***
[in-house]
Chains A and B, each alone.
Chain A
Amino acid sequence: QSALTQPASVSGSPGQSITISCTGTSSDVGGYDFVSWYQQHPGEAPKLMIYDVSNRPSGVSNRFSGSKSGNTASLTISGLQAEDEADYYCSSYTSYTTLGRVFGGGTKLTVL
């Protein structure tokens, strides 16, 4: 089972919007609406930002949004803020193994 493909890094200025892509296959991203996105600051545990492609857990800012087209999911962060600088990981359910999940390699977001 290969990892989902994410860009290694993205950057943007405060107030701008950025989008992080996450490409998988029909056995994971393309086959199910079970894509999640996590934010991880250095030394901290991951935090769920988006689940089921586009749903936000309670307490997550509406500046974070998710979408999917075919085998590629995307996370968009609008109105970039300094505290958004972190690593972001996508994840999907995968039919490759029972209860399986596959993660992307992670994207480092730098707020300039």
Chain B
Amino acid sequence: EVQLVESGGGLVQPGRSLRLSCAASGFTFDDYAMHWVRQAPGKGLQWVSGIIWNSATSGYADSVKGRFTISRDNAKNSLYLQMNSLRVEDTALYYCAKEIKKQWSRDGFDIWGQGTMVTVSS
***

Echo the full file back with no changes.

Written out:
[in-house]
Chains A and B, each alone.
Chain A
Amino acid sequence: QSALTQPASVSGSPGQSITISCTGTSSDVGGYDFVSWYQQHPGEAPKLMIYDVSNRPSGVSNRFSGSKSGNTASLTISGLQAEDEADYYCSSYTSYTTLGRVFGGGTKLTVL
């Protein structure tokens, strides 16, 4: 089972919007609406930002949004803020193994 493909890094200025892509296959991203996105600051545990492609857990800012087209999911962060600088990981359910999940390699977001 290969990892989902994410860009290694993205950057943007405060107030701008950025989008992080996450490409998988029909056995994971393309086959199910079970894509999640996590934010991880250095030394901290991951935090769920988006689940089921586009749903936000309670307490997550509406500046974070998710979408999917075919085998590629995307996370968009609008109105970039300094505290958004972190690593972001996508994840999907995968039919490759029972209860399986596959993660992307992670994207480092730098707020300039």
Chain B
Amino acid sequence: EVQLVESGGGLVQPGRSLRLSCAASGFTFDDYAMHWVRQAPGKGLQWVSGIIWNSATSGYADSVKGRFTISRDNAKNSLYLQMNSLRVEDTALYYCAKEIKKQWSRDGFDIWGQGTMVTVSS